Take note All your customers want to reach you
Zazzle versus Wacky Buttons, or how you prepare for, inform and get ready to receive business from your online customers, will determine the fate of your order.
Scenario: I need buttons for my upcoming “Social BOOM!” book launch. I want 1,000 buttons with the word BOOM! on them for people attending the launch party. Buttons will be an easy way of identifying who has registered and who has not. The buttons will also be a souvenir from the event.
I googled “boom button” and hit return. No. 1 and No. 2 on the list were Wackybuttons.com and Zazzle.com. I clicked on Zazzle because it had 163 reviews and a 4.5 star rating. I found a couple of buttons that were kind of cool and began searching for a phone number.
Searching … searching … searching … searching … searching. Finally, in frustration, I hit the word “Help” and, come to find out, Zazzle does not want to receive my phone call. They want me to establish an account and log-in using the Zazzle app.
And when I click on “Can I order by phone?” the Help info states that Zazzle “does not currently accept phone orders.”
Evidently, business must be amazingly successful at Zazzle.com. So amazing that the pinheads at Zazzle (no pun intended) have decided to be unavailable to customers and difficult to do business with. If you want to contact them, you can only do it by email, by filling out the mandatory boxes in the form, selecting a product and selecting a category — you know the drill.
So I went back to mother Google and clicked on WackyButtons.com with no ratings and no reviews. The phone number for Wacky Buttons was easily located on the website. The phone was answered on the third ring by a live human being.
Wacky Buttons has no artwork charge, there is no minimum order, there is rush shipping available, and it ships worldwide (which I assume includes North Carolina). Yahoo!
There are 1-inch buttons, and the person who answered the phone, Jason, is the No. 2 Wacky. Life is good.
Jason is impressive, friendly, willing, smart, knowledgeable about buttons, and able to answer my two most imperative questions: Can I get them by Friday and how much are they?
Yes! I can get a thousand buttons for $180 plus freight by Friday. (I didn’t even ask the price for 500.) On the call, Jason instructed me to send an email — which I did while I was still on the phone — and told me they would create the art, email it to me, get approval and print the buttons in two days.
At the moment, I’m not satisfied — I’m ecstatic!
Note well: I’m writing this column for two reasons:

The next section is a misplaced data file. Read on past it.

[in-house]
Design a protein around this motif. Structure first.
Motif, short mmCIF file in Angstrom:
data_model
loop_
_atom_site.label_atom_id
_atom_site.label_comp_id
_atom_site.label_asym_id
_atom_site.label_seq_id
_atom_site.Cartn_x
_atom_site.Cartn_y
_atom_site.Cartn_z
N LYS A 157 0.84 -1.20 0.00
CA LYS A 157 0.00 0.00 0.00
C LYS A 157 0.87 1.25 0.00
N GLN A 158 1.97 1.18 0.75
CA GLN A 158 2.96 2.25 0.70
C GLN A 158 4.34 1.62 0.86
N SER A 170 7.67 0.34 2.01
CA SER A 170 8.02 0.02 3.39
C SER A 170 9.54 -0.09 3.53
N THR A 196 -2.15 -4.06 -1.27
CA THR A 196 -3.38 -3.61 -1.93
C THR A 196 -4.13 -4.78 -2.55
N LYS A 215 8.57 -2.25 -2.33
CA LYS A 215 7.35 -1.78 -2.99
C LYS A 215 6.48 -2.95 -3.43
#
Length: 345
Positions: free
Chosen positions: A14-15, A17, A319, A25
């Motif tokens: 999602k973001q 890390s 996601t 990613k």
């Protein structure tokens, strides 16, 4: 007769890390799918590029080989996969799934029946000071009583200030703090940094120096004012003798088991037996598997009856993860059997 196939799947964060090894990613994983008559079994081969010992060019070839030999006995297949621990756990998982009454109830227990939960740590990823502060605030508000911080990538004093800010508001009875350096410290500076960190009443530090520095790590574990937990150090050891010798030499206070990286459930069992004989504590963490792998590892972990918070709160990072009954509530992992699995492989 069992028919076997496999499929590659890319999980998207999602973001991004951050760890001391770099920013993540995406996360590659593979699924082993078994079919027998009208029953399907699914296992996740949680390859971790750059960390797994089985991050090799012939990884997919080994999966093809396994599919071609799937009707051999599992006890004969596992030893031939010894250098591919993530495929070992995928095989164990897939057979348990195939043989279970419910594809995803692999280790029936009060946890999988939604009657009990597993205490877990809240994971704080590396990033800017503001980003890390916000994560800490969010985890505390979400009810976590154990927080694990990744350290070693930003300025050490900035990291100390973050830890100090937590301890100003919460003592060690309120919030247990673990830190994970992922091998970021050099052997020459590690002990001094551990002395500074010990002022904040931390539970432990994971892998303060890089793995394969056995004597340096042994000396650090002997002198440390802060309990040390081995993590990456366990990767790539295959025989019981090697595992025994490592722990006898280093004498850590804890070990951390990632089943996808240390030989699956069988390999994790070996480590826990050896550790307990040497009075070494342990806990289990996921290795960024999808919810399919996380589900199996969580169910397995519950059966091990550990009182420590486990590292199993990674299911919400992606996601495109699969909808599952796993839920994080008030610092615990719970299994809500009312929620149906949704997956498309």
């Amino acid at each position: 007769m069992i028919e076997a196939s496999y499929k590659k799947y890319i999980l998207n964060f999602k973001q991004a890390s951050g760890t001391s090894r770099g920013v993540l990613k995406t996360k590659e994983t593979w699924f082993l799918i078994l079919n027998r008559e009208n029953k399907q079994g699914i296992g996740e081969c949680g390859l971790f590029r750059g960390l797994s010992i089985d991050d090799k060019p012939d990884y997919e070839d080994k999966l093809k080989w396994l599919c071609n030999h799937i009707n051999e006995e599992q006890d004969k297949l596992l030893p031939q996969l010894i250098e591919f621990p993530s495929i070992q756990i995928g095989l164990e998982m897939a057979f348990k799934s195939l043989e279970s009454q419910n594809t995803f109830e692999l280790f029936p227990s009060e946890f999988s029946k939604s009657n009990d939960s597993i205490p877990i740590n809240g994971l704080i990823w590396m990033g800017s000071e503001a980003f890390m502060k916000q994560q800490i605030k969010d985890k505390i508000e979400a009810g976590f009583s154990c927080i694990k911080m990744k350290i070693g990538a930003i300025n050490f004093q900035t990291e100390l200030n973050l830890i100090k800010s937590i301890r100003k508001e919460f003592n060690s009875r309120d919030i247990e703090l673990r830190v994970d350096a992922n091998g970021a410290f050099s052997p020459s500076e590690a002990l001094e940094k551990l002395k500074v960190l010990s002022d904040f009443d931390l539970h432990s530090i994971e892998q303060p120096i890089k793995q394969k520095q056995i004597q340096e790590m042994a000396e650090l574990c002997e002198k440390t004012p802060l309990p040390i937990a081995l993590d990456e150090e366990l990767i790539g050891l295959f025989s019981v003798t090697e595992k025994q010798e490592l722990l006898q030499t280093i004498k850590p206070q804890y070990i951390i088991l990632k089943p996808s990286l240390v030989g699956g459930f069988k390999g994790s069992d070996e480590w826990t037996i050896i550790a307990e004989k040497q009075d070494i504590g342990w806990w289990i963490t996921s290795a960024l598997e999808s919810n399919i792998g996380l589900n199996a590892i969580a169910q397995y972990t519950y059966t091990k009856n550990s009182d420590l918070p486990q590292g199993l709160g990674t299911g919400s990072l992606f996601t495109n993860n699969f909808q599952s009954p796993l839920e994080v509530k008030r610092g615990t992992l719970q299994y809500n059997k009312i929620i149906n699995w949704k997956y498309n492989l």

1. If you’re going to be online, make it easy for your customer to connect with you. In my opinion, having no listed phone is not only rude, it’s also ignorant. Granted, it’s only a $200 order, but I guarantee that at least a thousand people have gone to Zazzle.com, then clicked off and found WackyButtons.com to be both friendly and willing to accept business in a manner that the customer wants to give it, not simply how they want to receive it. Let’s see, $200 times 1,000. Wow, before you know it, it’s real money.
2. If you’re ever in need of buttons, I give my highest recommendation to WackyButtons.com. They are easy to do business with, accommodating, priced right and have done all that my way. (For the record, the phone number of Wacky Buttons is 585-267-7670. Zazzle’s phone number is as yet unknown. They’re waiting for an email while Wacky Buttons already has my money.)
Think about it: Go to your website right now and try to place a $1,000 order. Can you do it? If I need to talk to you, how easy is it to access a phone number or email address that goes directly to a person? Is your phone answered by a live human being? Or are you “trying to serve me better by selecting from the following nine options, which have recently changed”?
Your business is dependent on the Internet. Your customers need you. They’re counting on you and looking for you online. How available are you? How ready are you? How easy is it to access you? And how willing are you to accept their money?
Or is their business going to go to your competitor? Mine did.
Epilog: Wacky Buttons sent me artwork in four hours. I approved it and paid five minutes later. My buttons will arrive in two days.
Hopefully, someone will get this message to the CEO of Zazzle.com. You might want to mail a copy to your CEO while you’re at it. CC me when you do: firstname.lastname@example.org
Jeffrey Gitomer can be reached at (704) 333-1112 or e-mail email@example.com